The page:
I spent a couple of hours recently with Dominic Barter, a former school teacher who has pioneered a form of restorative justice known as restorative circles. And I came away encouraged about the prospects for Rochester.
Restorative justice is not about punishing the perpetrator of a crime — though it can and often does take place in tandem with punitive measures. The idea is to heal the rift between the parties directly impacted by an act, but more than that, it acknowledges that the insult goes beyond those people. The very fabric of the community is damaged by criminal acts and attention must be given to that wound, as well.
Restorative justice is not about mollycoddling criminals, and I do believe it can work in Rochester. I can hear cynics saying that a 20-year-old intent on shooting someone is not going to drop his gun and run to pour his heart out to friends and neighbors instead.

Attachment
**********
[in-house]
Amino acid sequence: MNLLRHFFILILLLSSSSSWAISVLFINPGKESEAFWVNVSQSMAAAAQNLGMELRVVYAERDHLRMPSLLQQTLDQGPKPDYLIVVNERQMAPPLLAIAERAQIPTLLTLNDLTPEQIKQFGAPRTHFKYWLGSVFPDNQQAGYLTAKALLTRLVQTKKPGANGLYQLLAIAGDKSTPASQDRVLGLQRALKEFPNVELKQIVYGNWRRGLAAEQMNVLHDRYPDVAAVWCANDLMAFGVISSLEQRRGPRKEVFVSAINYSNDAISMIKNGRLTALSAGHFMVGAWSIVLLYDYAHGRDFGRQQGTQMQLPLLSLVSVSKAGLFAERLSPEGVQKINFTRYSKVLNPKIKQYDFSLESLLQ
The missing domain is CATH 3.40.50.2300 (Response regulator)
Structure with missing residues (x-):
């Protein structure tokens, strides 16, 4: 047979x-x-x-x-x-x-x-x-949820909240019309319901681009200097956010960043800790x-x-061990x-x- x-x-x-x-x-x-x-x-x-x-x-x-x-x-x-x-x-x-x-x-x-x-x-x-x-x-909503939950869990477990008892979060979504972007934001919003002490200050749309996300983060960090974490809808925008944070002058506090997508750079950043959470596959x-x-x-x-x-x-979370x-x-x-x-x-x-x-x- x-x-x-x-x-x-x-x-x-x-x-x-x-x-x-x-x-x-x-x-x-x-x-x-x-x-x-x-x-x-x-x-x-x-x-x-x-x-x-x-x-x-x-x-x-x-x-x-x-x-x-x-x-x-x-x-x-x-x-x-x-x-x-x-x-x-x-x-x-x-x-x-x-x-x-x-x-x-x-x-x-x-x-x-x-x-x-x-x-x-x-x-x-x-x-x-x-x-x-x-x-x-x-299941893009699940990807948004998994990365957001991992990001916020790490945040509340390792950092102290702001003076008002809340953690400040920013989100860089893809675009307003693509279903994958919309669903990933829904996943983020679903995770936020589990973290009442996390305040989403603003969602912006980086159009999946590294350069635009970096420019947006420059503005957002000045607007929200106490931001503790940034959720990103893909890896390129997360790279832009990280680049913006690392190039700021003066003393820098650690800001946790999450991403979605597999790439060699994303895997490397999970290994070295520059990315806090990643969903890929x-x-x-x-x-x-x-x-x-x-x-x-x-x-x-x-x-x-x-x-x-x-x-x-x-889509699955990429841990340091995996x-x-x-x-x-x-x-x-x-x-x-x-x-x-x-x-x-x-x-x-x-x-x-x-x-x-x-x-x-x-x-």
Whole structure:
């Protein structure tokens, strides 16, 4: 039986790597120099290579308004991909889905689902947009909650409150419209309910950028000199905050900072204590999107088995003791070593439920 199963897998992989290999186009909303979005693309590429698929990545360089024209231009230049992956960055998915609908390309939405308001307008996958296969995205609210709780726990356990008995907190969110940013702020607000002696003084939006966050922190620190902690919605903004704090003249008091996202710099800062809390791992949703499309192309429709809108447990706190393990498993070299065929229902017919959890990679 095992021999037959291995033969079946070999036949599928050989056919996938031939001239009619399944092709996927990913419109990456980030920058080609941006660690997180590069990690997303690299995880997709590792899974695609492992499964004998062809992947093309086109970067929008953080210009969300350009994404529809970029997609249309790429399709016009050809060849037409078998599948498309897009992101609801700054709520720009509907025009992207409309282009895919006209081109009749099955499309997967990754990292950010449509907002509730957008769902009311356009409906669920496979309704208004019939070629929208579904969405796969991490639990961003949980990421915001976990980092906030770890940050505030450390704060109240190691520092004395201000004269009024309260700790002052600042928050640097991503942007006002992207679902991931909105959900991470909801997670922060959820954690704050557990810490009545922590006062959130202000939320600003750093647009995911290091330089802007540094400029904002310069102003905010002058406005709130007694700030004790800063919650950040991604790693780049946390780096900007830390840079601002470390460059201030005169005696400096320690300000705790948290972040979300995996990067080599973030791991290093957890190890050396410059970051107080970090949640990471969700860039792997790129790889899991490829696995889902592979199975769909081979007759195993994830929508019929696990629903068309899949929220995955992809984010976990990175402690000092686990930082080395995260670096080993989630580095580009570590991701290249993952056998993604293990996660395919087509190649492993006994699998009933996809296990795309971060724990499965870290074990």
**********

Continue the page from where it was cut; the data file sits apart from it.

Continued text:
But imagine having a meeting space in every neighborhood, where a mother can bring her young child when he or she gets involved in minor scrapes — a fight, bullying, maybe shoplifting. That child must face the person he directly hurt, and also learns that there are consequences for his or her actions, and that the damage caused by the act ripples out.
“You hit the nail on the head,” said John Klofas, professor of criminal justice at RIT, when I shared my thoughts with him this morning. “There’s a very big place for that kind of thing here.”
Klofas also explained how many small acts are either dismissed or ignored by the criminal justice system, and the young person skates by sans consequences until boom! His record builds up and then the hammer comes down. Having a restorative system means there’s continuity, Klofas said: action equals consequence.
I just don’t think we can continue our current pattern, which is to ride out the trends until we hit a rough patch, and then flood the city with cops. It’s purely reactive, and it’s not working.